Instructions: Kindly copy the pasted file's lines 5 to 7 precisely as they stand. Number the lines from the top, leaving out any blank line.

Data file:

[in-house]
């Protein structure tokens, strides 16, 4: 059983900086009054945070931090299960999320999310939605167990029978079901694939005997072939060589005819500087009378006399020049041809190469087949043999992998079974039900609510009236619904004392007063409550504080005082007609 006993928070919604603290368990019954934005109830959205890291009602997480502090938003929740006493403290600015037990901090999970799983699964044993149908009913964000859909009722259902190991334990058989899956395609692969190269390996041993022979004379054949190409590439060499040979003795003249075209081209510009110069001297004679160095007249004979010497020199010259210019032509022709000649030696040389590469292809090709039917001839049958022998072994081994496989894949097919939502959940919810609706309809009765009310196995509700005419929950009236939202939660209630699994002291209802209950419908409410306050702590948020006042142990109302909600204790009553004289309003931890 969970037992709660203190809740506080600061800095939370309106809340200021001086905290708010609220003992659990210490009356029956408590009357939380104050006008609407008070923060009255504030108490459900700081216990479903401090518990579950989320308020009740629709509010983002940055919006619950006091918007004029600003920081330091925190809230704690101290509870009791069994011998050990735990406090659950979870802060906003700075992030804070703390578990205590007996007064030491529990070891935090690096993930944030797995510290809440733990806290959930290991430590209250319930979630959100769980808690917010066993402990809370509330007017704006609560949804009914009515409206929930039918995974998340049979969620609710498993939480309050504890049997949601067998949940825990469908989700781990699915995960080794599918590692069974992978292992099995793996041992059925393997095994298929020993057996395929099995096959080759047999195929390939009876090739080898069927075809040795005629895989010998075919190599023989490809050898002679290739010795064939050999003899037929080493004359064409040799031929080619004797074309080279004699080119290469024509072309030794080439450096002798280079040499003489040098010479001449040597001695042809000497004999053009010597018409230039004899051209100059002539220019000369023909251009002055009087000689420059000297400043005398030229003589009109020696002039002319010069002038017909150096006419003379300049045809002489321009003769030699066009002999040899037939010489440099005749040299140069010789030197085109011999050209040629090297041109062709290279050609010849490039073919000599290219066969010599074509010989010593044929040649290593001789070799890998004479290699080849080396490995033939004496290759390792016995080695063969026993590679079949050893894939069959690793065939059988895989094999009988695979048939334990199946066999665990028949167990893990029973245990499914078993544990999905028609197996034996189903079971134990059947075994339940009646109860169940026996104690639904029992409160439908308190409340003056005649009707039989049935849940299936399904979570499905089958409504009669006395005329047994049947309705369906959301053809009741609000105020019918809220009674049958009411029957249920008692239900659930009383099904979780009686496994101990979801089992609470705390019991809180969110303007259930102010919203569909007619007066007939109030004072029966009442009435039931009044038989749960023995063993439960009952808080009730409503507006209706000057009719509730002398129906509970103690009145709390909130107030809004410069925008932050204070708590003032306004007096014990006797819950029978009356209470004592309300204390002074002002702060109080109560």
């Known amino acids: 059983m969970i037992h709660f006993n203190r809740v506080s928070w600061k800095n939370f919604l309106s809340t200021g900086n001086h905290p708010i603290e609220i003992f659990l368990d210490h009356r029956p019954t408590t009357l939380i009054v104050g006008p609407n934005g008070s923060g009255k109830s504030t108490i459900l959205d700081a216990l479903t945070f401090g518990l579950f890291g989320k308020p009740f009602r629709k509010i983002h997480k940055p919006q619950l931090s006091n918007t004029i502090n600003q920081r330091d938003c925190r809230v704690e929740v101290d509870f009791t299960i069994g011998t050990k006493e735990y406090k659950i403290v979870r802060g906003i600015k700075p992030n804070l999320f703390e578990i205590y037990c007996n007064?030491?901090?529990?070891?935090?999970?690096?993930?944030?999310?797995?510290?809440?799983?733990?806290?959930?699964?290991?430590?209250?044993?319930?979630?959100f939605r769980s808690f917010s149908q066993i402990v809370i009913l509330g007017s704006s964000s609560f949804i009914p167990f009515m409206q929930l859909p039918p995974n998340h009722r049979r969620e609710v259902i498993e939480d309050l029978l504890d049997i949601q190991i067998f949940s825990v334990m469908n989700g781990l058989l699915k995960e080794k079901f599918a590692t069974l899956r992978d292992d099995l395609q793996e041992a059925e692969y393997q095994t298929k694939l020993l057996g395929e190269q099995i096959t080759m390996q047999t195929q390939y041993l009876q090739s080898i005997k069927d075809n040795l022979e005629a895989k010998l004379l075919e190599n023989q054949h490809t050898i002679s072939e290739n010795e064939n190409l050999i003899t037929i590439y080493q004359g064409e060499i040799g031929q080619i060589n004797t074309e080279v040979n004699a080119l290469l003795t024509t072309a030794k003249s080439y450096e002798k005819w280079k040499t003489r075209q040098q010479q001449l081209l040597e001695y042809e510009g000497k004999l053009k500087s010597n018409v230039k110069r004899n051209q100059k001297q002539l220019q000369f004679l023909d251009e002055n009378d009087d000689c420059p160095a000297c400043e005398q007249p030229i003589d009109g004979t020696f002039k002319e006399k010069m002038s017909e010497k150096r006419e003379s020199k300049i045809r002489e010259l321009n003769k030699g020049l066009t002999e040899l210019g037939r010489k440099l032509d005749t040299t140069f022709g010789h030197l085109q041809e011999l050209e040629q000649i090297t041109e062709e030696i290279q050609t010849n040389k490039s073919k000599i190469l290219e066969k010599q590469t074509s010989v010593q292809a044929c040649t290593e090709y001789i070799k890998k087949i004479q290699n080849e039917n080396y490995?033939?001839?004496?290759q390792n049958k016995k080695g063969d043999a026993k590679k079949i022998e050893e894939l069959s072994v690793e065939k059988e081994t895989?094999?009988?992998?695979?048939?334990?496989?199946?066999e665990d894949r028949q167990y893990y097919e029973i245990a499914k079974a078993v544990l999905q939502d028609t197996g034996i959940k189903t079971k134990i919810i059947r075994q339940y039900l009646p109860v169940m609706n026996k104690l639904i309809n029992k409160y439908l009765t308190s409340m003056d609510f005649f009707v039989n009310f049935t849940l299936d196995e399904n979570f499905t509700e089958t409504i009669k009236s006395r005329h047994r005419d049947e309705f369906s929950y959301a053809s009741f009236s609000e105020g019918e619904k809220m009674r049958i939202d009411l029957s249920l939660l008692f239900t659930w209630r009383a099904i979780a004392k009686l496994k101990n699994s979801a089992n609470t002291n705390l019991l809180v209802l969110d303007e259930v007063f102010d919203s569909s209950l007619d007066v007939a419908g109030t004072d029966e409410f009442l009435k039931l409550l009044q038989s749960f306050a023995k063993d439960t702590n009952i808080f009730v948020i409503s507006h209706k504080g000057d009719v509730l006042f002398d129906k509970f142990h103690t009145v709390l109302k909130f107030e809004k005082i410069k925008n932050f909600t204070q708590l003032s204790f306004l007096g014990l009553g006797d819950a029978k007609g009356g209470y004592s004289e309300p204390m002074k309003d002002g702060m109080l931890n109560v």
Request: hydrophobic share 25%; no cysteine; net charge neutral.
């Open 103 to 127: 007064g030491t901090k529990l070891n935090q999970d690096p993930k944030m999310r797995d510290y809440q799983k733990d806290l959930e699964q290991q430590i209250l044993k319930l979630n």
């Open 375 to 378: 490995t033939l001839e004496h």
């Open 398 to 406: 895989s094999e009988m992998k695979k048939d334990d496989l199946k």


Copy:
């Open 103 to 127: 007064g030491t901090k529990l070891n935090q999970d690096p993930k944030m999310r797995d510290y809440q799983k733990d806290l959930e699964q290991q430590i209250l044993k319930l979630n």
């Open 375 to 378: 490995t033939l001839e004496h």
């Open 398 to 406: 895989s094999e009988m992998k695979k048939d334990d496989l199946k």